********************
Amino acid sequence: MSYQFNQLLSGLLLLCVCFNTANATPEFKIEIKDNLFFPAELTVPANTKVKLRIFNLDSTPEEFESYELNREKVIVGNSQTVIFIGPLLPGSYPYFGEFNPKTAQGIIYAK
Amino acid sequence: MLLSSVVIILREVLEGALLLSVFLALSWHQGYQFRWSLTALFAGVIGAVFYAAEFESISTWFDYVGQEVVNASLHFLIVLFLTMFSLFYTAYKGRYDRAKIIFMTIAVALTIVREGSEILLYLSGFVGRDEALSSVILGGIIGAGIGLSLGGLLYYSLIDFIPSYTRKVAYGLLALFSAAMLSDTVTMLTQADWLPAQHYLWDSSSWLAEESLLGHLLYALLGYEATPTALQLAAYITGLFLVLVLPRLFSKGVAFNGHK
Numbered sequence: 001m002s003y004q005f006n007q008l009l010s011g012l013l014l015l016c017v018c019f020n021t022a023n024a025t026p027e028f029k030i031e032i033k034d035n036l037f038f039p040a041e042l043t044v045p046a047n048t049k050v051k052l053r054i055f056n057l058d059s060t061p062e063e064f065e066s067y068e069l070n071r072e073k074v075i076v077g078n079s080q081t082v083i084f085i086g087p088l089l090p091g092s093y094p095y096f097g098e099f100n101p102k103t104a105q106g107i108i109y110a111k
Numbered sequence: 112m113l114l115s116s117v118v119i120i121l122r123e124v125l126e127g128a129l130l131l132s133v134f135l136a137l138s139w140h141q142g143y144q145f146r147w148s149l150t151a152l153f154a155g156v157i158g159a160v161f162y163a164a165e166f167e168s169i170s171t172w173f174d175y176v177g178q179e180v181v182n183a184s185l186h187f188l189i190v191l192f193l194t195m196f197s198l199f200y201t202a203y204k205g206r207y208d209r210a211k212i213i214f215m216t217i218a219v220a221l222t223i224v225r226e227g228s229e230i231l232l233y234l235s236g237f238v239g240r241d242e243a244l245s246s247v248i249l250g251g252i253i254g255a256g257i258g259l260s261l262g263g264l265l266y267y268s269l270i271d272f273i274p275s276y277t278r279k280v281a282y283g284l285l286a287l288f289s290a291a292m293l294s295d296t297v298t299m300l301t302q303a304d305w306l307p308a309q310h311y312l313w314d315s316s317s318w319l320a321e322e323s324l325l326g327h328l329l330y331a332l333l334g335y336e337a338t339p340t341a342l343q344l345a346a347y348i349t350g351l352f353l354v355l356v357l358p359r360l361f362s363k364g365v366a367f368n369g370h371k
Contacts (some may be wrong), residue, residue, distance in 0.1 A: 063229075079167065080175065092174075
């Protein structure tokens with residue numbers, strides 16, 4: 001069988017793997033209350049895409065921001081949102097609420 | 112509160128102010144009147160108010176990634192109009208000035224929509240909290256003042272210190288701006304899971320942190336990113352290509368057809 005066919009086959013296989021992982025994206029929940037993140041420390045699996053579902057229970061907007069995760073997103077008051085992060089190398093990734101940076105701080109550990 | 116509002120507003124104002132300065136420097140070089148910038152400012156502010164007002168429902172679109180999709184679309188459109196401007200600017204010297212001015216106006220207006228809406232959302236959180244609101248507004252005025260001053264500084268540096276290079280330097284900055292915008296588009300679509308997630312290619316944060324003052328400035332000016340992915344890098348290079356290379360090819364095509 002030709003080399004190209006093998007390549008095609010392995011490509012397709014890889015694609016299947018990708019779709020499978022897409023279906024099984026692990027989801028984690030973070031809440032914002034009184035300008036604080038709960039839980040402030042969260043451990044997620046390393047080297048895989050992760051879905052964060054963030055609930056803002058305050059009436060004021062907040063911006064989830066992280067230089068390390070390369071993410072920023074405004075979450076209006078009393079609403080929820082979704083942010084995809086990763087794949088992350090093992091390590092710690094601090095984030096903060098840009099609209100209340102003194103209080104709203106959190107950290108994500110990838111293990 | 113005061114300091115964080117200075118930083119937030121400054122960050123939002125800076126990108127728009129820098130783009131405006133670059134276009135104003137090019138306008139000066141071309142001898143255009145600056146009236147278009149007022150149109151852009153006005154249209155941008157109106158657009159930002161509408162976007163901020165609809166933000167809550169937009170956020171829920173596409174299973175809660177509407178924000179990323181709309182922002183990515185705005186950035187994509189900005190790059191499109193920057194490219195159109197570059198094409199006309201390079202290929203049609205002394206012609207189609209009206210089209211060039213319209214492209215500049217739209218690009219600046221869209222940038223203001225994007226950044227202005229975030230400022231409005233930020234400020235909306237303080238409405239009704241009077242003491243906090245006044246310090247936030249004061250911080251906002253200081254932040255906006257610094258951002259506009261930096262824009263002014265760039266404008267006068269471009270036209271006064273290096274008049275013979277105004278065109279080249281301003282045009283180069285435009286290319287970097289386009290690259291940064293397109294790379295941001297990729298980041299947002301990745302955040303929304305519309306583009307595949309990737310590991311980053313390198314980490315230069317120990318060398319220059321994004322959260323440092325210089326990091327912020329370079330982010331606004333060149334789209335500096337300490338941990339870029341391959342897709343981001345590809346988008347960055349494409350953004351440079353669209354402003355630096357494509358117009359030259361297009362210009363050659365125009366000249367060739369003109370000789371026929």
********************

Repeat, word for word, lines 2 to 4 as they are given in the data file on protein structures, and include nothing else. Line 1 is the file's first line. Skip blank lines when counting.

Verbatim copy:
Amino acid sequence: MLLSSVVIILREVLEGALLLSVFLALSWHQGYQFRWSLTALFAGVIGAVFYAAEFESISTWFDYVGQEVVNASLHFLIVLFLTMFSLFYTAYKGRYDRAKIIFMTIAVALTIVREGSEILLYLSGFVGRDEALSSVILGGIIGAGIGLSLGGLLYYSLIDFIPSYTRKVAYGLLALFSAAMLSDTVTMLTQADWLPAQHYLWDSSSWLAEESLLGHLLYALLGYEATPTALQLAAYITGLFLVLVLPRLFSKGVAFNGHK
Numbered sequence: 001m002s003y004q005f006n007q008l009l010s011g012l013l014l015l016c017v018c019f020n021t022a023n024a025t026p027e028f029k030i031e032i033k034d035n036l037f038f039p040a041e042l043t044v045p046a047n048t049k050v051k052l053r054i055f056n057l058d059s060t061p062e063e064f065e066s067y068e069l070n071r072e073k074v075i076v077g078n079s080q081t082v083i084f085i086g087p088l089l090p091g092s093y094p095y096f097g098e099f100n101p102k103t104a105q106g107i108i109y110a111k
Numbered sequence: 112m113l114l115s116s117v118v119i120i121l122r123e124v125l126e127g128a129l130l131l132s133v134f135l136a137l138s139w140h141q142g143y144q145f146r147w148s149l150t151a152l153f154a155g156v157i158g159a160v161f162y163a164a165e166f167e168s169i170s171t172w173f174d175y176v177g178q179e180v181v182n183a184s185l186h187f188l189i190v191l192f193l194t195m196f197s198l199f200y201t202a203y204k205g206r207y208d209r210a211k212i213i214f215m216t217i218a219v220a221l222t223i224v225r226e227g228s229e230i231l232l233y234l235s236g237f238v239g240r241d242e243a244l245s246s247v248i249l250g251g252i253i254g255a256g257i258g259l260s261l262g263g264l265l266y267y268s269l270i271d272f273i274p275s276y277t278r279k280v281a282y283g284l285l286a287l288f289s290a291a292m293l294s295d296t297v298t299m300l301t302q303a304d305w306l307p308a309q310h311y312l313w314d315s316s317s318w319l320a321e322e323s324l325l326g327h328l329l330y331a332l333l334g335y336e337a338t339p340t341a342l343q344l345a346a347y348i349t350g351l352f353l354v355l356v357l358p359r360l361f362s363k364g365v366a367f368n369g370h371k